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Waseda University's Fermi LAT Team
by Jun Kataoka 05/19/2010

The Waseda University (WU) joined the Fermi LAT team in 2009. Our group currently
consists of two faculty staffs (Associate Prof. Jun Kataoka and Assistant. Prof. Takeshi
Nakamori), five graduate students, and four undergraduate students. The mean age of
the members is 25, probably the youngest among all the Fermi LAT collaborations in
the world!

Members from the high energy astrophysics group at Waseda University

We have vast interests in X-ray/gamma-ray astronomy, radiation detectors for
nuclear medicine, and high performance light sensors for quantum signal detection.

The laboratory

Although the group itself is very young, WU-team has a great deal of experience in the operation of the LAT, including serving as burst/flare advocates, participating in calibration issues, and actively working on analysis and interpretation of the LAT data.

In particular, the WU group has leading roles in the analysis of active galaxies (blazars and radio galaxies in general) and gamma-ray pulsars, as well as in the analysis of pulsar wind nebulae. In addition, we are starting a new project to unravel the nature of unidentified Fermi-LAT gamma-ray sources with the Japanese X-ray astronomy satellite Suzaku. In 2009, we successfully monitored four Fermi unID sources; and deep surveys of seven other sources are ongoing in 2010. The results of a cross-analysis between Suzaku and Fermi will be presented soon on behalf of the Fermi-LAT collaboration.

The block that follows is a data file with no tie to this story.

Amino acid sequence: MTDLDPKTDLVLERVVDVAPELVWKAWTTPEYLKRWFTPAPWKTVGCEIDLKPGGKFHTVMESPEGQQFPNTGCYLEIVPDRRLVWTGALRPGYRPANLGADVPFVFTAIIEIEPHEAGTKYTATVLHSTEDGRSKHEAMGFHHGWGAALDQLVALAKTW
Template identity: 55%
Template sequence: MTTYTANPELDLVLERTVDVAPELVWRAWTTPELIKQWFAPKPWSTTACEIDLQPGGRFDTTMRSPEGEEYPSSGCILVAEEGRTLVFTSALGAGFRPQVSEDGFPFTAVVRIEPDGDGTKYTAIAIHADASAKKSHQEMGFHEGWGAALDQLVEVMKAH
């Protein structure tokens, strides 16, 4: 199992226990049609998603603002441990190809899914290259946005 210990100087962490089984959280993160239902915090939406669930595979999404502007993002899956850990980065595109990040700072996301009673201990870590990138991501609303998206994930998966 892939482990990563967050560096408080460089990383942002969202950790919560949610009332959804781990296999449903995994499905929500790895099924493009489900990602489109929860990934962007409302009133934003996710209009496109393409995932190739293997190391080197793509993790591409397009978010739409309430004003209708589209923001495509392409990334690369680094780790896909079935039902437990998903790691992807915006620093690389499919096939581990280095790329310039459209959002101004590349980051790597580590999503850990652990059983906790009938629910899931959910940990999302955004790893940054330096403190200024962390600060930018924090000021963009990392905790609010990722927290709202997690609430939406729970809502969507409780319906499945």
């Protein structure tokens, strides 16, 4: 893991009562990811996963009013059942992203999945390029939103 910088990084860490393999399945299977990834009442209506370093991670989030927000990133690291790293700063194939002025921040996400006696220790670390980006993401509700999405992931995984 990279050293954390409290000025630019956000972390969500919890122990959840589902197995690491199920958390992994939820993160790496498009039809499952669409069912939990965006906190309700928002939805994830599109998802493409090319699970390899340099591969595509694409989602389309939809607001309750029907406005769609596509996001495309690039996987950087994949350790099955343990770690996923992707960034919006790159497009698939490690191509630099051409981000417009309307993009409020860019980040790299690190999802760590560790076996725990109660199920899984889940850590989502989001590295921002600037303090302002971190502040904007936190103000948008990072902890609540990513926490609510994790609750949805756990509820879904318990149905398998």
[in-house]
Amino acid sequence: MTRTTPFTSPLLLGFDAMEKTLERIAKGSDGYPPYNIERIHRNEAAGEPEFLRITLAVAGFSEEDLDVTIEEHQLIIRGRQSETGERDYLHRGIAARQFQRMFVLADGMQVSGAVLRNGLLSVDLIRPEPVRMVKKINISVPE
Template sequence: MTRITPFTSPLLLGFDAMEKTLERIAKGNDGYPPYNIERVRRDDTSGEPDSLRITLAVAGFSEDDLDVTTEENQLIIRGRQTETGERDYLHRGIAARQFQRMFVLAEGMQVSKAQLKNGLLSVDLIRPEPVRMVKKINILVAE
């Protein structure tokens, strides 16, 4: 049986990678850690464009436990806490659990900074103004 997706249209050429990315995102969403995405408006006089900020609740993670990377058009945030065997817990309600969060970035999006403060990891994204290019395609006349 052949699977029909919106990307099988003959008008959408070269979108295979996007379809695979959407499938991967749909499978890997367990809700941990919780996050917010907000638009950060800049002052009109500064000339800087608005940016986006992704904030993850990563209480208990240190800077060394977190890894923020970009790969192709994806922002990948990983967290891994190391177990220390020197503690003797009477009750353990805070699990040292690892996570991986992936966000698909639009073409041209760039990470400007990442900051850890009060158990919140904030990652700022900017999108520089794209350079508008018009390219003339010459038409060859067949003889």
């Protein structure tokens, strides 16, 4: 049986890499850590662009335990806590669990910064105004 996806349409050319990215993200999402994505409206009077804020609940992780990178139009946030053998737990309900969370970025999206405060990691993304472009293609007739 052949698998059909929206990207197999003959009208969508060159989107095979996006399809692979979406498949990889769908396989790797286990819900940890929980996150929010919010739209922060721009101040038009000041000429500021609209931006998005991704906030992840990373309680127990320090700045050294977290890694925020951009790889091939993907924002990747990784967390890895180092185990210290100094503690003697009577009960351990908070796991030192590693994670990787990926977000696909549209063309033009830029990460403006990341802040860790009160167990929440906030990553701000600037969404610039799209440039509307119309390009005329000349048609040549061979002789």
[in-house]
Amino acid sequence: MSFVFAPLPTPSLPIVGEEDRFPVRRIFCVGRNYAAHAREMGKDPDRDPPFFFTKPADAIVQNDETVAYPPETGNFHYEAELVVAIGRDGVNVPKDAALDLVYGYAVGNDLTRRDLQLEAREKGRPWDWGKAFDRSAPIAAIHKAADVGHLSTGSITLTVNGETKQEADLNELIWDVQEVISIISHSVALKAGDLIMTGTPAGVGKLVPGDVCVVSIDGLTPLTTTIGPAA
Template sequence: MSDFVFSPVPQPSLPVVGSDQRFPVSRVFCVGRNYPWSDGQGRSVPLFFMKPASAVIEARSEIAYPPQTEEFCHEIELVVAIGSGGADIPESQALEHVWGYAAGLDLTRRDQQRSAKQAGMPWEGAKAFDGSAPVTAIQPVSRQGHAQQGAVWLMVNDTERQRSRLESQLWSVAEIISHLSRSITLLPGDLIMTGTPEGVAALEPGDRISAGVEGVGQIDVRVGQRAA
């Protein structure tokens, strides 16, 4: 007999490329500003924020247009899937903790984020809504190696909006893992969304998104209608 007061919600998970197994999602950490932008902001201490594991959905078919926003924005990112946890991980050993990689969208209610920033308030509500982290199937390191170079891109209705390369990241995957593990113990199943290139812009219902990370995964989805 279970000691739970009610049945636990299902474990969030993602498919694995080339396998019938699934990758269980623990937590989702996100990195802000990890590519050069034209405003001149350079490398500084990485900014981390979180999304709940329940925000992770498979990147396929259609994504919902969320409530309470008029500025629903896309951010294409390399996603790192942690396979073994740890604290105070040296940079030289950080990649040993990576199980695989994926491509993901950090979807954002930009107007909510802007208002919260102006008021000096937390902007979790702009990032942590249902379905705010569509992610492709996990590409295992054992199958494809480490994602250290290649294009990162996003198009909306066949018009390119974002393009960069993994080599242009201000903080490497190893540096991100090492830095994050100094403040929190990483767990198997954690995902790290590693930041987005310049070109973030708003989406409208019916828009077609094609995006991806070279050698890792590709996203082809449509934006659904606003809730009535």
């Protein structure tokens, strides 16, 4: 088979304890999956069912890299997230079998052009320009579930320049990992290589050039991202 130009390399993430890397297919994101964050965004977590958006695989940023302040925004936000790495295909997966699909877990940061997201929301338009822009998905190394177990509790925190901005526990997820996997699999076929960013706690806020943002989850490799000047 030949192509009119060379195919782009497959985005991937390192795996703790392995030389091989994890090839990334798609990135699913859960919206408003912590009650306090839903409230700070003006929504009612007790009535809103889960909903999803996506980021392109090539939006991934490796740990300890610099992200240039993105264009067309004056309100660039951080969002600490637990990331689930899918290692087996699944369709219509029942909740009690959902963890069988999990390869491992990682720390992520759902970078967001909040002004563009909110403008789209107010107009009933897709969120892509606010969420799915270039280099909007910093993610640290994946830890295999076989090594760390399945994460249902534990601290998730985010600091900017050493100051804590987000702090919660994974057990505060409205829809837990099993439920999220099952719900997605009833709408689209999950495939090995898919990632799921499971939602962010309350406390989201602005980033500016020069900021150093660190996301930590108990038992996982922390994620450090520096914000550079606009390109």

We would like to introduce Waseda University graduate student, Koto Maeda, who is actively working on the analysis of Fermi LAT data and Suzaku data of unidentified gamma-ray sources:

Koto Maeda

My name is Koto Maeda, and I'm a graduate student in the 1st year of the master's course at Waseda University in Tokyo. I’ve been working for the WU group since 2009 and, over the last year, I’ve contributed in the analysis of Fermi-LAT data; in particular, I’m very interested in the nature of unidentified gamma-ray sources detected with the Fermi-LAT at high galactic latitude (|b| > 10 deg).

In 2009, I helped with the proposal of deep Suzaku follow-up observations of 7 Fermi unID sources, and won 200 ksec observation time as top priority targets. Everyday I’m excited because I have an excellent opportunity to enjoy “freshly” delivered Fermi-LAT and the X-ray data as well. In my master thesis, I will systematically study the multiwavelength nature of eleven unID sources at high galactic latitude for the first time.

Come see us. Waseda University is located in the heart of Tokyo, and easily accessible by public transportation; it's even within walking distance from Shinjuku station. Please visit us when you come to Tokyo.